Delta Crew Couldn’t Open Emergency Kit or Administer Epinephrine for Woman with Anaphylaxis


Rebecca Hanau was on a Delta Airlines flight from Wisconsin to Atlanta when a flight attendant asked her if she would like a granola bar. Hanau, who has an allergy to tree nuts, asked whether the bar contained nuts to which the flight attendant responded that it did not.

Hanau took a few bites of the granola bar and began to feel the symptoms of a reaction come on. Upon reading the wrapper, shed discovered the bar did indeed contain nuts.

She immediately called the flight attendant to warn her that she was having a reaction and that she needed epinephrine. That’s when any semblance that the airline was prepared for a medical emergency went out the window.

In order to open the emergency medical kit, the crew had to radio for the code. The flight attendant said they were having difficulty getting the code due to poor connectivity.

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Meanwhile, as the minutes were ticking away, Ms Hanau’s condition was getting worse. She began feeling lightheaded and fuzzy.

Some ten minutes later, the crew was finally able to get the emergency medical kit open, upon which they discovered that the kit contained a vial of epinephrine and a syringe. They had no idea how much of the drug to draw or how to administer a syringe.

Luckily there were two nurses aboard who guessed at an appropriate dose and administered the drug. Upon receiving the epinephrine, Hanau’s symptoms eased.

“If those two nurses weren’t there I wouldn’t have made it. That’s just all there is to it,” Hanau said.

Hanau says her ordeal shows that flight crews must receive better training to be able to cope with anaphylactic emergencies and that emergency medical kits aboard flights should contain stock epinephrine auto-injectors, which are premeasured, prefilled, single-use devices that are faster to administer and require significantly less training to administer that vial-drawn epinephrine.

“You have to get EpiPen on your flights. This is unacceptable and life-threatening,” she said.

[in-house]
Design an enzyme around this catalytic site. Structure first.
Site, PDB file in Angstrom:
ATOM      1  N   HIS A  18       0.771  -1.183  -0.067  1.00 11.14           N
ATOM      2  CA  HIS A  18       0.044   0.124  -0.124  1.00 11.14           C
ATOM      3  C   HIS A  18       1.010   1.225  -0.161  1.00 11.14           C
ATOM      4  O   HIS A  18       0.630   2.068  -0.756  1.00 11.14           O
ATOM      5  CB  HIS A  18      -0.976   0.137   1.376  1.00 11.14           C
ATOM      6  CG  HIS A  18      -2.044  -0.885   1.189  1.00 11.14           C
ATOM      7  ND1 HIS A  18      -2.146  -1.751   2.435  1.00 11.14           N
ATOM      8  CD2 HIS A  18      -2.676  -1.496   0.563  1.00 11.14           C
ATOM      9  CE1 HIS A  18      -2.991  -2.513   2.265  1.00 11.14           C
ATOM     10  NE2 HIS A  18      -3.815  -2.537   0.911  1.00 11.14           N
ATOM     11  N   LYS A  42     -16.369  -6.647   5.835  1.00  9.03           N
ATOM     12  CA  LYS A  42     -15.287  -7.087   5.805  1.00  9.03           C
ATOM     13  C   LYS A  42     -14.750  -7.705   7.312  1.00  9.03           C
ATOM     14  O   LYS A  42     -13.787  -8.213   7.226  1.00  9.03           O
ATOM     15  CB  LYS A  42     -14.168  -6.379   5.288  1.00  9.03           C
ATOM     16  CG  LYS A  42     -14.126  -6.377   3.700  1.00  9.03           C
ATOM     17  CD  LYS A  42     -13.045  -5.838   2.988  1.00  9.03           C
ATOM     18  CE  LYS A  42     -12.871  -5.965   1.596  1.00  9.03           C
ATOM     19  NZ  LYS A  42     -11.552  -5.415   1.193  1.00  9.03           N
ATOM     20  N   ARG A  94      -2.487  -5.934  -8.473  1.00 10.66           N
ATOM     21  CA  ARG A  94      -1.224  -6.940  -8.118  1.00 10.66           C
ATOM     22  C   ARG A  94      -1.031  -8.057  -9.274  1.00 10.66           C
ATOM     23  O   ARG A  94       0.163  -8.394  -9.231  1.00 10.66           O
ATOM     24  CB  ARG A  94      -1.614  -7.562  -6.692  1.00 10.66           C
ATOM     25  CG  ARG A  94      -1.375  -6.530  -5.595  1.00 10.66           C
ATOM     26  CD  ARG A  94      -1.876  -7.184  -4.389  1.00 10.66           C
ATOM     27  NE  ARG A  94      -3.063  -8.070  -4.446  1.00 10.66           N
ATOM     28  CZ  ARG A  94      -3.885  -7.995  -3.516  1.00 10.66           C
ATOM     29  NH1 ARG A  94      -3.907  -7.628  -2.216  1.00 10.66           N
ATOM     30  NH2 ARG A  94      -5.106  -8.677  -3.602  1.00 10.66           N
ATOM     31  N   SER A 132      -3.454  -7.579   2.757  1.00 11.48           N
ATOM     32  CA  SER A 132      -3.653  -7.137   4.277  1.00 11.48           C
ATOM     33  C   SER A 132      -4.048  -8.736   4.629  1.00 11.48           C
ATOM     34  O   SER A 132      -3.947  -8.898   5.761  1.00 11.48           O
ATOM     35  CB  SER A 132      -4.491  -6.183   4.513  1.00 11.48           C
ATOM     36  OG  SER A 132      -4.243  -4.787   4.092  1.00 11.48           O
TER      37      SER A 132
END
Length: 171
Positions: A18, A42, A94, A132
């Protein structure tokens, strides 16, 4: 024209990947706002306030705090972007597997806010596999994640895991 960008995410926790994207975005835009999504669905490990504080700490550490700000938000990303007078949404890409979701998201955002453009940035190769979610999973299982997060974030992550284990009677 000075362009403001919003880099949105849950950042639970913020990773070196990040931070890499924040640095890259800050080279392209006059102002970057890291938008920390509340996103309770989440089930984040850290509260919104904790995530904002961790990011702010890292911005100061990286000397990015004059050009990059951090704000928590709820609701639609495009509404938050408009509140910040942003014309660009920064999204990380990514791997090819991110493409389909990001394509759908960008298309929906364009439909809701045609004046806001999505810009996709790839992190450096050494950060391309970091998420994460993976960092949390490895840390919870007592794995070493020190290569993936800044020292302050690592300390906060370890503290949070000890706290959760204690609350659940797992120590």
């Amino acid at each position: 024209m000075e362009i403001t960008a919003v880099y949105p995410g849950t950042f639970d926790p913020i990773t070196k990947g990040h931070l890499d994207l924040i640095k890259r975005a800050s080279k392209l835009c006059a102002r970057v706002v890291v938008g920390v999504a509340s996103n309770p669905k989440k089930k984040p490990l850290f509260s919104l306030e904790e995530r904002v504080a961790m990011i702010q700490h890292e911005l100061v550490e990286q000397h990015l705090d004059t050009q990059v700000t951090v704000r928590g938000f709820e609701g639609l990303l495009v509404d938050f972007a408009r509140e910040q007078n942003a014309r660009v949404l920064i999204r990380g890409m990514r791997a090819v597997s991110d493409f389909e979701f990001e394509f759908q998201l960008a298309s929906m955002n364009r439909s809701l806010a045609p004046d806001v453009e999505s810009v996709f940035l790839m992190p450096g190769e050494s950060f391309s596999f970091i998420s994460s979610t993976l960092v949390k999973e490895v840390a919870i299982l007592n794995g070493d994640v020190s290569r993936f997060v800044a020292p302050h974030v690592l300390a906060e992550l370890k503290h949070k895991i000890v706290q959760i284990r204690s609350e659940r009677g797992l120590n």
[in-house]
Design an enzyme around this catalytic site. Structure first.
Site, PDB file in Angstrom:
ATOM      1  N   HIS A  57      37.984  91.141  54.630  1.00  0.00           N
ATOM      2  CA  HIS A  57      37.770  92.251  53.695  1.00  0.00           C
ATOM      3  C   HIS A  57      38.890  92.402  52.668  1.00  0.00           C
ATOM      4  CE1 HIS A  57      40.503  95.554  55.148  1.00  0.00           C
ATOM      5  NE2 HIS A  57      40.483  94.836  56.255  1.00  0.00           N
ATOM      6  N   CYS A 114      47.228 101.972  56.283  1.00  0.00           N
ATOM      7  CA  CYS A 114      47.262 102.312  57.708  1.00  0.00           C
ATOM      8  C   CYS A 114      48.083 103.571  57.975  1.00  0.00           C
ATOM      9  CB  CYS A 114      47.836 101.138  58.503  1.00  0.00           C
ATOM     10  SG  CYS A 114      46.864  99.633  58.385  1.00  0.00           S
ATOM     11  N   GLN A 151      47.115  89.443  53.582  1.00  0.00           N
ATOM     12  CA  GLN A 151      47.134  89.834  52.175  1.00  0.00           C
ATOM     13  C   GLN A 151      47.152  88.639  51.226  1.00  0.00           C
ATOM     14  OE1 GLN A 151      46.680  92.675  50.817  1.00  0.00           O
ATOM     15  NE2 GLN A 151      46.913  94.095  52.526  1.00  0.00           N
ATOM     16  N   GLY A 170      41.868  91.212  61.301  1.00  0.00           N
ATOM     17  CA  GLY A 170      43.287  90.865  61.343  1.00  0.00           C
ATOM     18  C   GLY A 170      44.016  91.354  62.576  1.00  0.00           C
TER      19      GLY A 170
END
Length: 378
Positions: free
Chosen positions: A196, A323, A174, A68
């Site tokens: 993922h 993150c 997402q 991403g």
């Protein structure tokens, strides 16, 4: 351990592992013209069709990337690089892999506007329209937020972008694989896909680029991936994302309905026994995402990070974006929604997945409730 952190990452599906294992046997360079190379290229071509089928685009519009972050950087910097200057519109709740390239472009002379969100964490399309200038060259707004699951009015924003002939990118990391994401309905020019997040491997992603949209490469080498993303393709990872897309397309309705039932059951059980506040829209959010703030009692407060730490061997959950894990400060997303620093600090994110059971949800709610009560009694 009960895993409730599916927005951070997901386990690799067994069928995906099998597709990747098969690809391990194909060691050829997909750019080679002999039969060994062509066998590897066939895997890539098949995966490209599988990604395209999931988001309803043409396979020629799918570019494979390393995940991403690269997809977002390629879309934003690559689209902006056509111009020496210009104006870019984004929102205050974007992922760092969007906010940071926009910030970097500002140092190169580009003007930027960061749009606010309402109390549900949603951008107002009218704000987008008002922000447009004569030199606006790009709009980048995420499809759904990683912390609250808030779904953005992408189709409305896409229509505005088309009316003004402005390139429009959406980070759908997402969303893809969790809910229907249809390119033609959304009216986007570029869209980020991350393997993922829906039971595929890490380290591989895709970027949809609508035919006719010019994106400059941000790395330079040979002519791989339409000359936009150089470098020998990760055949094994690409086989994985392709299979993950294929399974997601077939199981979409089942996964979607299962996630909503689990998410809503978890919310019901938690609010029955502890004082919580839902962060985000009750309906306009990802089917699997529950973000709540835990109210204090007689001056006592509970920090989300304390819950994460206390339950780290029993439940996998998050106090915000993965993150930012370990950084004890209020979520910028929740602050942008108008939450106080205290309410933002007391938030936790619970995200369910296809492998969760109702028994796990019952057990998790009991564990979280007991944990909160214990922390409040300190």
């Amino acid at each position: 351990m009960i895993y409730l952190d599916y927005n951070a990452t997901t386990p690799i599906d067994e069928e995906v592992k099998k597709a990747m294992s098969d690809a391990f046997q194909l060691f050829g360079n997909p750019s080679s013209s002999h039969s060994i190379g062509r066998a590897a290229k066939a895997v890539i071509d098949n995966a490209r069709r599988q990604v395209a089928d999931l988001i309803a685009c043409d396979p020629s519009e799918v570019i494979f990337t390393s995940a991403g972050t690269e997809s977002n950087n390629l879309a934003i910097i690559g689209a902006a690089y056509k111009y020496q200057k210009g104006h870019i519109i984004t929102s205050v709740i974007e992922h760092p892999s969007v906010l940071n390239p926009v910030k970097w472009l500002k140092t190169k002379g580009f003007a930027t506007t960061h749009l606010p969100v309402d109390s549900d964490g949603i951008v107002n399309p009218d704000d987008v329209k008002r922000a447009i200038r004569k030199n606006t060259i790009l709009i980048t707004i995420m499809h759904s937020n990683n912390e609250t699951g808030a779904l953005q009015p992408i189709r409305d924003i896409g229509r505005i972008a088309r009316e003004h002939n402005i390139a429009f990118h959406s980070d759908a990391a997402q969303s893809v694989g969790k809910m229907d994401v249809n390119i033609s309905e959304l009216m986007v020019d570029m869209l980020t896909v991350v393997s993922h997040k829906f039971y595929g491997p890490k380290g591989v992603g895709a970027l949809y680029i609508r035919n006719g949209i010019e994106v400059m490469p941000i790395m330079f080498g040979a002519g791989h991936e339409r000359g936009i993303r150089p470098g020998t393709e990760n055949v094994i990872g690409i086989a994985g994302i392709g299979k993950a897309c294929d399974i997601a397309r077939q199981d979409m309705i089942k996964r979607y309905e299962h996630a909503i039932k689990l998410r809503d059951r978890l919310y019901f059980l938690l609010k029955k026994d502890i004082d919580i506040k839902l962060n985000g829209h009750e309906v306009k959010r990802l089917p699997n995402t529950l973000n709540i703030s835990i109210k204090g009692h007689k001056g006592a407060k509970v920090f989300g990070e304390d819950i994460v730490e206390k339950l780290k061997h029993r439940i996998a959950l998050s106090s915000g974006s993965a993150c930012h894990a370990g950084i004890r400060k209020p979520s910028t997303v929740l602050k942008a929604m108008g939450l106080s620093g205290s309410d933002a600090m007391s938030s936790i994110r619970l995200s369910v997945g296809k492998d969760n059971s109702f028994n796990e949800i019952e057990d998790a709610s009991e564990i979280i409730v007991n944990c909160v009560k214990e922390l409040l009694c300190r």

Although regulations require epinephrine to be available on every plane, Senator Mark Warner plans to reintroduce legislation requiring epinephrine auto-injectors.

“The EpiPen you can do an auto inject and it acts much quicker. This is common sense. So let’s be smart and put an EpiPen on every plane,” he said.

A spokesperson for Delta told CBS 6 that Hanau had not informed the airline of her food allergies in advance and insisted their flight attendants are rigorously trained on procedures and equipment to prepare for medical events.

Here is a CBS 6 report on the incident:

We are relieved to learn Ms Hanau survived and wish her well after her harrowing ordeal. Air travel can be especially concerning for individuals coping with food allergies as her account shows.

Delta’s bears the lion’s share of the responsibility and their response is entirely unacceptable.

First, the flight attendant should never have opined whether the granola bar she offered was nut-free without examining the label. If this indeed happened as reported, it was an egregious error that could have resulted in Ms Hanau’s death.

Second, an emergency medical kit that requires a code relayed from the ground to open introduces unnecessary delay and courts disaster. The code could easily be located in the cockpit if there is concern that access to the kit must be controlled.

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Last, it is readily evident the flight staff was entirely unprepared to deal with an anaphylactic emergency which begs the question, “What good is having a life-saving drug aboard if the crew is unable to administer it properly?” The airline should thank their lucky stars there were nurses aboard willing to guess at the appropriate dose and administer the epinephrine, all while risking personal liability in the matter. Delta should ensure their staff is appropriately trained.

That said, Ms Hanau also bears some responsibility for the incident.

She should have had two of her own epinephrine auto-injectors aboard in case of this very scenario. Epinephrine is the only drug that can halt and reverse the progression of life-threatening anaphylaxis and every individual prescribed an auto-injector should have two on hand wherever they go. Never rely on someone else to provide epinephrine in an emergency.

Also, Ms Hanau should not have relied solely on the flight attendant’s determination whether her allergen of concern was an ingredient of the bar. Before consuming any packaged food, every individual with a food allergy should inspect the label to determine whether it is safe for their consumption. Better yet, bring your own food and snacks on board to eliminate the opportunity for mistakes.

Please take extra care when traveling. Minimize the opportunities when you must rely on staff for your safety and always make sure to take two epinephrine auto-injectors along everywhere, every time.

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Dave Bloom
Dave Bloom
Dave Bloom is CEO and "Blogger in Chief" of

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